Look East, Act East: Transatlantic Agendas in the Asia Pacific
GMF Transatlantic Fellows, Peter Sparding and Andrew Small co-authored a chapter for the European Union Institute for Security Studies (EUISS) report called, Look East, Act East: transatlantic agendas in the Asia Pacific. In their chapter entitled, Towards a transatlantic relationship in the Asia Pacific, the GMF Fellows outline how the United States and Europe are increasingly focused on strengthening their economic relations in the Asia Pacific. As the emerging economies of the region start to generate a significant amount of global demand and foreign direct investment, especially from China, starts to flow to Europe and the United States, the Asia-Pacific has the potential to become a true growth generator for the ailing West.
Asia’s rapidly growing middle class could signal a shift in the distribution of global demand and offer vast new opportunities for European and American businesses. The transatlantic partners therefore have a shared interest to ensure that – despite a natural level of transatlantic competition – individual strategies are mutually reinforcing in shaping the economic environment of the region. But transatlantic coordination – or even harmonization – of economic policy towards the Asia Pacific is currently inadequate.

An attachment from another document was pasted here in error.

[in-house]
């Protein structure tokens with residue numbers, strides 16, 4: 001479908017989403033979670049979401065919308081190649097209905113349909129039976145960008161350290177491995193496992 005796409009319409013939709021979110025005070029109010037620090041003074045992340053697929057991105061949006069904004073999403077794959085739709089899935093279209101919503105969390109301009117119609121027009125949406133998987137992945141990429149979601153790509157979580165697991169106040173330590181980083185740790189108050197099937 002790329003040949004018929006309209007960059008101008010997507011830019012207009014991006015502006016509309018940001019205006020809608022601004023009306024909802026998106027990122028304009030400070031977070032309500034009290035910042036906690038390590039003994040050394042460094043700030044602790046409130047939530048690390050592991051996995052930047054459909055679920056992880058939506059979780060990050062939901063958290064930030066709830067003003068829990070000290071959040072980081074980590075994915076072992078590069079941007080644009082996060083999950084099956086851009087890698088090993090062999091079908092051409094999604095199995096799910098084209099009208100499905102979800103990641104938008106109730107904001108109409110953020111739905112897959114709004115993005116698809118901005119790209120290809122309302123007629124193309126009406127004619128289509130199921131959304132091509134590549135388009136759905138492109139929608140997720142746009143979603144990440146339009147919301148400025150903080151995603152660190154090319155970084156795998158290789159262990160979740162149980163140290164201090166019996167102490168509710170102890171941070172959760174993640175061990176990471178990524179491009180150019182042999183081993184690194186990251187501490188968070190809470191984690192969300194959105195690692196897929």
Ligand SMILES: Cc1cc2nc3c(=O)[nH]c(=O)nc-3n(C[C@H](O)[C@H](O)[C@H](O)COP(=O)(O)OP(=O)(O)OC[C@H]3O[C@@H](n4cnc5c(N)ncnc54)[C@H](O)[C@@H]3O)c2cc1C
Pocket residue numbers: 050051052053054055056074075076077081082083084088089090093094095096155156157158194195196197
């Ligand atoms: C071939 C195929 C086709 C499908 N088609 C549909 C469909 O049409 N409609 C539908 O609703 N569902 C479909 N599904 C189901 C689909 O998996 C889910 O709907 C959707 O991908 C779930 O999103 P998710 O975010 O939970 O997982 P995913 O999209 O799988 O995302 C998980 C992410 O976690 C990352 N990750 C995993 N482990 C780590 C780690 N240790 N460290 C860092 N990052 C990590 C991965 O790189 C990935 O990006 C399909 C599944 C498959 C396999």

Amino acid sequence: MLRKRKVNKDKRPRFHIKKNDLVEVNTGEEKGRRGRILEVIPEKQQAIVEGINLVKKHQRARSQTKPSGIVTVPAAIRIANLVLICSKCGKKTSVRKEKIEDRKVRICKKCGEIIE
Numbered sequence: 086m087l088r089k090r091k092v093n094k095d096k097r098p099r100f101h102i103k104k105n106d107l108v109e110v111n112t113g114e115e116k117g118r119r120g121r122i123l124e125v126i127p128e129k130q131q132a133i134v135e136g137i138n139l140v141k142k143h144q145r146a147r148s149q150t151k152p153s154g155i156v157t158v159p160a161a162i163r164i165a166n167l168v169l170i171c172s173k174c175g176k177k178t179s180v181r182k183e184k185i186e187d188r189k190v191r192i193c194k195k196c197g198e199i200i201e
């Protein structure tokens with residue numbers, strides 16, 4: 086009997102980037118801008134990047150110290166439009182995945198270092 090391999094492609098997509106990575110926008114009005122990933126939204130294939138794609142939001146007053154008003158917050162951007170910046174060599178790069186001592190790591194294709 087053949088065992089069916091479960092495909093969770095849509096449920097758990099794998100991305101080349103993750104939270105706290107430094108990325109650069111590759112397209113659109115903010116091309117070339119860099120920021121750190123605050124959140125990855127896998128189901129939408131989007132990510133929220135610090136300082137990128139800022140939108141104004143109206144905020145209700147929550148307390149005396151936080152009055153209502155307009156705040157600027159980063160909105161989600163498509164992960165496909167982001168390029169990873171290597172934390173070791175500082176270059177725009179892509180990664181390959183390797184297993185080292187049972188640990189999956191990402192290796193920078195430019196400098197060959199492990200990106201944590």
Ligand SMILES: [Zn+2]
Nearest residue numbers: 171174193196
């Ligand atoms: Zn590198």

From the very beginning of the talks over a Transatlantic Trade and Investment Partnership (TTIP), the landmark free trade deal between the European Union and the United States, the political calendar on either side of the Atlantic was expected to impact their pace.